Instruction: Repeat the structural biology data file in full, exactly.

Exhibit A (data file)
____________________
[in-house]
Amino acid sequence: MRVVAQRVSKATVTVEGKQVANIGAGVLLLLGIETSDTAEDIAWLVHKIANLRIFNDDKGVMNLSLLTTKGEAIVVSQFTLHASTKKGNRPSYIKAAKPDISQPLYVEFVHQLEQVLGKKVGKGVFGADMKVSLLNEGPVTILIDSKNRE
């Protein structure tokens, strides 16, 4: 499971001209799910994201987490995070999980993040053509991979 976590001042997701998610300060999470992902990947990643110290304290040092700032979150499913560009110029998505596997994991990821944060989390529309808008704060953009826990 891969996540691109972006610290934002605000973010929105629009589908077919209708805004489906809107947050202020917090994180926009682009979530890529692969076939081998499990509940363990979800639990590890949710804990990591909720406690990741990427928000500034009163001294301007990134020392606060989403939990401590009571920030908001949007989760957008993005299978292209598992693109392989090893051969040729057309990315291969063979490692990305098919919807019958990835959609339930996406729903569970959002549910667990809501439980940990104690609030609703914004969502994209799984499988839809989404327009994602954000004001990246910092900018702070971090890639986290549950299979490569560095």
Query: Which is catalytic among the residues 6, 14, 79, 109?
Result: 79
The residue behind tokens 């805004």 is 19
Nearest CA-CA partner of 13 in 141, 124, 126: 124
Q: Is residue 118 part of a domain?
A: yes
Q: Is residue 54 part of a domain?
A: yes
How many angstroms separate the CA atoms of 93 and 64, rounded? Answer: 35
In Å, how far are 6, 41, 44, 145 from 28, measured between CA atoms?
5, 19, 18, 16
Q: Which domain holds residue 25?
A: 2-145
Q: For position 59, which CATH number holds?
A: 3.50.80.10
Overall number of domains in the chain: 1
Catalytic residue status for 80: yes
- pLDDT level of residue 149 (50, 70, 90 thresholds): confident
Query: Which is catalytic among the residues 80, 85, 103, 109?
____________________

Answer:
[in-house]
Amino acid sequence: MRVVAQRVSKATVTVEGKQVANIGAGVLLLLGIETSDTAEDIAWLVHKIANLRIFNDDKGVMNLSLLTTKGEAIVVSQFTLHASTKKGNRPSYIKAAKPDISQPLYVEFVHQLEQVLGKKVGKGVFGADMKVSLLNEGPVTILIDSKNRE
């Protein structure tokens, strides 16, 4: 499971001209799910994201987490995070999980993040053509991979 976590001042997701998610300060999470992902990947990643110290304290040092700032979150499913560009110029998505596997994991990821944060989390529309808008704060953009826990 891969996540691109972006610290934002605000973010929105629009589908077919209708805004489906809107947050202020917090994180926009682009979530890529692969076939081998499990509940363990979800639990590890949710804990990591909720406690990741990427928000500034009163001294301007990134020392606060989403939990401590009571920030908001949007989760957008993005299978292209598992693109392989090893051969040729057309990315291969063979490692990305098919919807019958990835959609339930996406729903569970959002549910667990809501439980940990104690609030609703914004969502994209799984499988839809989404327009994602954000004001990246910092900018702070971090890639986290549950299979490569560095």
Query: Which is catalytic among the residues 6, 14, 79, 109?
Result: 79
The residue behind tokens 């805004």 is 19
Nearest CA-CA partner of 13 in 141, 124, 126: 124
Q: Is residue 118 part of a domain?
A: yes
Q: Is residue 54 part of a domain?
A: yes
How many angstroms separate the CA atoms of 93 and 64, rounded? Answer: 35
In Å, how far are 6, 41, 44, 145 from 28, measured between CA atoms?
5, 19, 18, 16
Q: Which domain holds residue 25?
A: 2-145
Q: For position 59, which CATH number holds?
A: 3.50.80.10
Overall number of domains in the chain: 1
Catalytic residue status for 80: yes
- pLDDT level of residue 149 (50, 70, 90 thresholds): confident
Query: Which is catalytic among the residues 80, 85, 103, 109?